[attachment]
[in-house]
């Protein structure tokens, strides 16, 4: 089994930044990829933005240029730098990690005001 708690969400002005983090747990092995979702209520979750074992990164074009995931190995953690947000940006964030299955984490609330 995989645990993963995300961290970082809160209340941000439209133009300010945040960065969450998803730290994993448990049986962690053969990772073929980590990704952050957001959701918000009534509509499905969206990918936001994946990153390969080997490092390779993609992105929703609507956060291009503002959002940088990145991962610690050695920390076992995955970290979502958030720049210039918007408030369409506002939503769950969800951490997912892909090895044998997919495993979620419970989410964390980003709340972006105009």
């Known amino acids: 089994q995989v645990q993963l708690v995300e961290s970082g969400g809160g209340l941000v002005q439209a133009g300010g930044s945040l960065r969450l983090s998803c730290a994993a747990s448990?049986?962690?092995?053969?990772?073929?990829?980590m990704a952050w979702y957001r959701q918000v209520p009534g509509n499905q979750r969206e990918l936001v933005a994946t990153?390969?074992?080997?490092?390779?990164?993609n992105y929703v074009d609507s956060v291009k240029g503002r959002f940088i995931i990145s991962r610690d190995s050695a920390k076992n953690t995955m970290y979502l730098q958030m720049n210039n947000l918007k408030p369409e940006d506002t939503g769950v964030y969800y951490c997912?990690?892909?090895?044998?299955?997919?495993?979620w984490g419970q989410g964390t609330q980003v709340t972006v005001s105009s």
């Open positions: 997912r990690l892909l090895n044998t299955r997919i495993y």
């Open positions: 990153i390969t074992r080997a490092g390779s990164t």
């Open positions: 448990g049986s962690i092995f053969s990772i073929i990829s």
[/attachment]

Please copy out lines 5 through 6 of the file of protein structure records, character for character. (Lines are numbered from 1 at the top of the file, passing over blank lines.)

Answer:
């Open positions: 990153i390969t074992r080997a490092g390779s990164t």
């Open positions: 448990g049986s962690i092995f053969s990772i073929i990829s």